Thursday, 13 November 2014

The Maze Runner by James Dashner (4.5/5) [re-read]

First published: 2009
Page count: 375

The back says: When Thomas wakes up in the lift, the only thing he can remember is his first name. He has no recollection of his parents, his home, or how he got where he is. His memory is empty.
But he’s not alone. When the lift’s doors open, Thomas finds himself surrounded by kids who welcome him to the Glade, a large expanse enclosed by stone walls.

Just like Thomas, the Gladers don’t know why or how they got to the Glade. All they know is that every morning, for as long as anyone can remember, the stone doors to the maze that surrounds them have opened. Every night, for just as long, they’ve closed tight. Every thirty days a new boy is delivered in the lift. And no one wants to be stuck in the maze after dark.

The Gladers were expecting Thomas’s arrival. But the next day, a girl is sent up – the first girl ever to arrive in the Glade. And more surprisingly yet is the message she delivers. The Gladers have always been convinced that if they can solve the maze that surrounds the Glade, they might find their way home… wherever that may be. But it’s looking more and more as if the Maze is unsolvable.

And something about the girl’s arrival is starting to make Thomas feel different. Something is telling him that he just might have some answers – if he can only find a way to retrieve the dark secrets locked within his own mind.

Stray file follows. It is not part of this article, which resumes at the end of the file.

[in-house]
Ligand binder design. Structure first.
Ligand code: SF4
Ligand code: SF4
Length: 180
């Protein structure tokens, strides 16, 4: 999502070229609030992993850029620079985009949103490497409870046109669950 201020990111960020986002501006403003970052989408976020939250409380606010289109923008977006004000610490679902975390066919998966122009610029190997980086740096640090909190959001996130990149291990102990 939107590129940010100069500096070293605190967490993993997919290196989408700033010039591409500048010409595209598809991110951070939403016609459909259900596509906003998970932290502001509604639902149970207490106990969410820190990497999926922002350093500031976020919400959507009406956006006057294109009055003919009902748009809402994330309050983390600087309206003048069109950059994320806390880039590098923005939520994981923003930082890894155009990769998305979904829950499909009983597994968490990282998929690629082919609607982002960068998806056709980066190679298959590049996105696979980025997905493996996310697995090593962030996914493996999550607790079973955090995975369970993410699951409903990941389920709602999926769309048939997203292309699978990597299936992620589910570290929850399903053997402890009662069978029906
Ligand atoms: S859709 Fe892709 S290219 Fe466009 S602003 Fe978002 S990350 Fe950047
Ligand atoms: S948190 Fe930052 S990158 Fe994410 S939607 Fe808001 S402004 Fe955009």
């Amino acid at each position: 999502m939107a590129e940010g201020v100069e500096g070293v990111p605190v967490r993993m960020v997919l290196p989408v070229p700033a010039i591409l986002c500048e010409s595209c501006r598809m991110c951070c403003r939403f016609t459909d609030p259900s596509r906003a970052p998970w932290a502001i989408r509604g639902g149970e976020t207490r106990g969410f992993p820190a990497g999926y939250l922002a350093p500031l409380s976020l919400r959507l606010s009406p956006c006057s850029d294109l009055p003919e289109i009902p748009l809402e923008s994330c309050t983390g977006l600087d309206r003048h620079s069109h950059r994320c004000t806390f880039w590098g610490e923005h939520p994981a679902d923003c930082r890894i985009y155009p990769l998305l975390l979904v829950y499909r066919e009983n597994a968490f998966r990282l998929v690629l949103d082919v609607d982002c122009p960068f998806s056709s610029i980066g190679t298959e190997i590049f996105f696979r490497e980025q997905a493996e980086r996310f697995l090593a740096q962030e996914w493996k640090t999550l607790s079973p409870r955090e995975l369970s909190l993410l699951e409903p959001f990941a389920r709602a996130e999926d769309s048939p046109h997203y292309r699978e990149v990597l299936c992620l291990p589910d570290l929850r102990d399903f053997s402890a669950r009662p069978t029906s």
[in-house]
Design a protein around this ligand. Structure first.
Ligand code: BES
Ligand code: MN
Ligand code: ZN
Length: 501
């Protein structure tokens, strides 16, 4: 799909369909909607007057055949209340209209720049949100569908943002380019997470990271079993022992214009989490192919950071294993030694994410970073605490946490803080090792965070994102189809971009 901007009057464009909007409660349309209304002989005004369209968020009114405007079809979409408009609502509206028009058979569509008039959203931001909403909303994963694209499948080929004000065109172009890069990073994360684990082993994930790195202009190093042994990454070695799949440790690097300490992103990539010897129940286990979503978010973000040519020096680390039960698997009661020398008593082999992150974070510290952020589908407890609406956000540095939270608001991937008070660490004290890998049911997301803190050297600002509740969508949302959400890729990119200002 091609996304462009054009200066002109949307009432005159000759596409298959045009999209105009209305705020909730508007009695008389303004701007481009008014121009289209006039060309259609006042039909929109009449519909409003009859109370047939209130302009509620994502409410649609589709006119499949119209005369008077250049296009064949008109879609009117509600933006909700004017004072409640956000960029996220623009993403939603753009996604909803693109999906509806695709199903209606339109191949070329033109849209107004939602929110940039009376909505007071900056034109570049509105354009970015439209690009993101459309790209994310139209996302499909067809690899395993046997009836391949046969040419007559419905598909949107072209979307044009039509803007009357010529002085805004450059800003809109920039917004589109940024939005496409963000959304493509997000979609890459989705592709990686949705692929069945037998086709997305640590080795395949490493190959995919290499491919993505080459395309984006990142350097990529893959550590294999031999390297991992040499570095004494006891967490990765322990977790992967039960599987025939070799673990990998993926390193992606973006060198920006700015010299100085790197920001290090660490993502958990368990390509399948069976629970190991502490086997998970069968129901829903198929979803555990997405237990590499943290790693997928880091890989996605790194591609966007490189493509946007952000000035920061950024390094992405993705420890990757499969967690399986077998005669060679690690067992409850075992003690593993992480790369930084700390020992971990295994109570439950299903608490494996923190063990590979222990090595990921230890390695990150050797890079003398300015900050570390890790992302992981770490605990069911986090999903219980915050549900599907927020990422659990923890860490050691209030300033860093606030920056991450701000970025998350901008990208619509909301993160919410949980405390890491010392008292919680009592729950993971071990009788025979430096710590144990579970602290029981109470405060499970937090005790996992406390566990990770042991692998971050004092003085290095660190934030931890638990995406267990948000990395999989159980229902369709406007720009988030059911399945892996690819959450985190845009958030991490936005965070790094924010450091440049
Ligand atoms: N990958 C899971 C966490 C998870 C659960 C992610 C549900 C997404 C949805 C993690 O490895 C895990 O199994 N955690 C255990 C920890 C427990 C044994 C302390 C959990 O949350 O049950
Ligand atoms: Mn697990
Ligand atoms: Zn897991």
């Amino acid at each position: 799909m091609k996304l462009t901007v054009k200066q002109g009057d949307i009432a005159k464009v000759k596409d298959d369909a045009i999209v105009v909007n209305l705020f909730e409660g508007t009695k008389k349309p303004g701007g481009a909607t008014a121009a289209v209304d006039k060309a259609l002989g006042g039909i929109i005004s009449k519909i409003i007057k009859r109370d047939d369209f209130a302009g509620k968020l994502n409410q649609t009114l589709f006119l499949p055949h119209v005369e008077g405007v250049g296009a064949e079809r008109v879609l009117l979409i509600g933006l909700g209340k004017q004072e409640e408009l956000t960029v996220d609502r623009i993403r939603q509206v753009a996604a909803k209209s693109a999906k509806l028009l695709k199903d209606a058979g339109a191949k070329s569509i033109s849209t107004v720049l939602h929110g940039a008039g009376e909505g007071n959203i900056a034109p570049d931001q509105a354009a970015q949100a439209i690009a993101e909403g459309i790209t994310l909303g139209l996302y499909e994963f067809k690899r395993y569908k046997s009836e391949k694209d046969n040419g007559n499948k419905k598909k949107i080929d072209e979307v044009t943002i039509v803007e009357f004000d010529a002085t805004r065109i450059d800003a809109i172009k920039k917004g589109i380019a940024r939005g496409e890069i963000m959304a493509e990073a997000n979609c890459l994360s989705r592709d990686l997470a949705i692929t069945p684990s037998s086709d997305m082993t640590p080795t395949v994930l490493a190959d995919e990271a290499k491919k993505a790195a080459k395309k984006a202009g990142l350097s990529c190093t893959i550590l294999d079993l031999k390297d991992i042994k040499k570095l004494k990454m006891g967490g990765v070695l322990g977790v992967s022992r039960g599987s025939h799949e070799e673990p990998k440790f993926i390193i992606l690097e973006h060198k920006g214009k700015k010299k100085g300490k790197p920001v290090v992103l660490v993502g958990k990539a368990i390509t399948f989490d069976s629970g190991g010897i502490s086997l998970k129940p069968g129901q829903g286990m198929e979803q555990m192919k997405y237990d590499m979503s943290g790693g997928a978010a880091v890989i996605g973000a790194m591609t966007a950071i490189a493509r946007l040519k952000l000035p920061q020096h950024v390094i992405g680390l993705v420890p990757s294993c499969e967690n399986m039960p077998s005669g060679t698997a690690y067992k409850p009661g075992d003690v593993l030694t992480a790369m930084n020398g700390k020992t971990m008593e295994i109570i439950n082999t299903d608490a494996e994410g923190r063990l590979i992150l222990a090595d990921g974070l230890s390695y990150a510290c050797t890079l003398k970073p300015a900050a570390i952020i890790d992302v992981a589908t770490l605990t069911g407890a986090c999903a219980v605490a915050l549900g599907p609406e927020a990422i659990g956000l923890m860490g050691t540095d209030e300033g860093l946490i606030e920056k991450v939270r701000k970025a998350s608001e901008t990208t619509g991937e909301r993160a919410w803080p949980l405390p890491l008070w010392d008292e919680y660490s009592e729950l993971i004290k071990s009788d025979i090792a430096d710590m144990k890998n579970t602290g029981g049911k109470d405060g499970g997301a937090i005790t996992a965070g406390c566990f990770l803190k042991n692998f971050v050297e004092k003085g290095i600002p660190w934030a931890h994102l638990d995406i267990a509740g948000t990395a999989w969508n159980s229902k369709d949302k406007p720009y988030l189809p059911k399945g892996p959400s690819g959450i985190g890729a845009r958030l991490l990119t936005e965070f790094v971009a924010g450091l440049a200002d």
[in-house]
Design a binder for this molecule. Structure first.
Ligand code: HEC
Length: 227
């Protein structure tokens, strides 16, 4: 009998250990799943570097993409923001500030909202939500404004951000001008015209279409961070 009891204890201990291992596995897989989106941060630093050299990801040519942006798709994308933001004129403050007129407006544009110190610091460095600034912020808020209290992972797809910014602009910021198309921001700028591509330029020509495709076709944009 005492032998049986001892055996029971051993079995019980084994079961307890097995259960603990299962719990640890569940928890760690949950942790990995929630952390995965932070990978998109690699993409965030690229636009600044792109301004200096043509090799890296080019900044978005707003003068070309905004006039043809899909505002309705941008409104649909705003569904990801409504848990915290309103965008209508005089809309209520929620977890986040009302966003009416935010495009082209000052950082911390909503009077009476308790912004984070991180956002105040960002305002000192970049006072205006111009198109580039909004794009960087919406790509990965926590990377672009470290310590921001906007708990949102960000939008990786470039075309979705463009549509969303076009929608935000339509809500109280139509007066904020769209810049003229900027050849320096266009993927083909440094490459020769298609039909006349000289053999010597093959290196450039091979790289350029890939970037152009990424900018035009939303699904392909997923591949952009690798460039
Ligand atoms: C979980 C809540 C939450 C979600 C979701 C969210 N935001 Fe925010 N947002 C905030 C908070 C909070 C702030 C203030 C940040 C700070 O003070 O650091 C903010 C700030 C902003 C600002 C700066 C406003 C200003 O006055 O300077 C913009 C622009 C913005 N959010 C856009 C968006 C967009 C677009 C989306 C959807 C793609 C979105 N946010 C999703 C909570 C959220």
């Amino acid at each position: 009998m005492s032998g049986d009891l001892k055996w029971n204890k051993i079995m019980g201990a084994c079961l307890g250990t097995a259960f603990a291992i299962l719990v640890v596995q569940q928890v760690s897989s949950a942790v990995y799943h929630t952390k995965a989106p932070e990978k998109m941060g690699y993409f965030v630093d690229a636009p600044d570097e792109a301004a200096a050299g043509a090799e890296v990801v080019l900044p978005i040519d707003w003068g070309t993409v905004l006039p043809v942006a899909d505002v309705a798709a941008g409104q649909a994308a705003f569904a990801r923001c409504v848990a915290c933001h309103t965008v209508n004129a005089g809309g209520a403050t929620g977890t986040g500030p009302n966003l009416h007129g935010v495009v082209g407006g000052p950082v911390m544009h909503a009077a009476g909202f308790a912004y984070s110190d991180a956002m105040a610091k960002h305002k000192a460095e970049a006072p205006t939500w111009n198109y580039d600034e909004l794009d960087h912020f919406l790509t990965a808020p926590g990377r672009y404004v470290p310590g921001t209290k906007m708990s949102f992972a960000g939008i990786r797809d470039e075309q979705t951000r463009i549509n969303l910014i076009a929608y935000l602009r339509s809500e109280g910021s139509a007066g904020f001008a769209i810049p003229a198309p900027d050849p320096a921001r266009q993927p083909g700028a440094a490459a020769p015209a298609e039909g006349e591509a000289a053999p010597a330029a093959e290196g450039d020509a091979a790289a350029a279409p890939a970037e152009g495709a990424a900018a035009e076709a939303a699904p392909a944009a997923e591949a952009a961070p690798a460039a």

I say: I don’t really have that much to add to my first review, other than that certain parts towards the end left me rather impatient, but that was more due to my knowing what was going to happen. The main reason I re-read this so soon was because my niece read it prior to seeing the film, and she needed someone to discuss it with.

Also, this is probably our next trilogy for our yearly book club.

Although everyone knows that I love to moan about how films always ruin the book, this time I was seriously seething.




Quite literally.

It was not the same story that I fell in love with, but some inane bastardisation that left me cold and unhappy. There were added scenes that did nothing more than waste time and the brilliance of the maze was turned into something I can’t even begin to describe.


So yeah, don’t see the film because it was terrible. Do read the book. It wasn’t better the second time around, nor was it worse.

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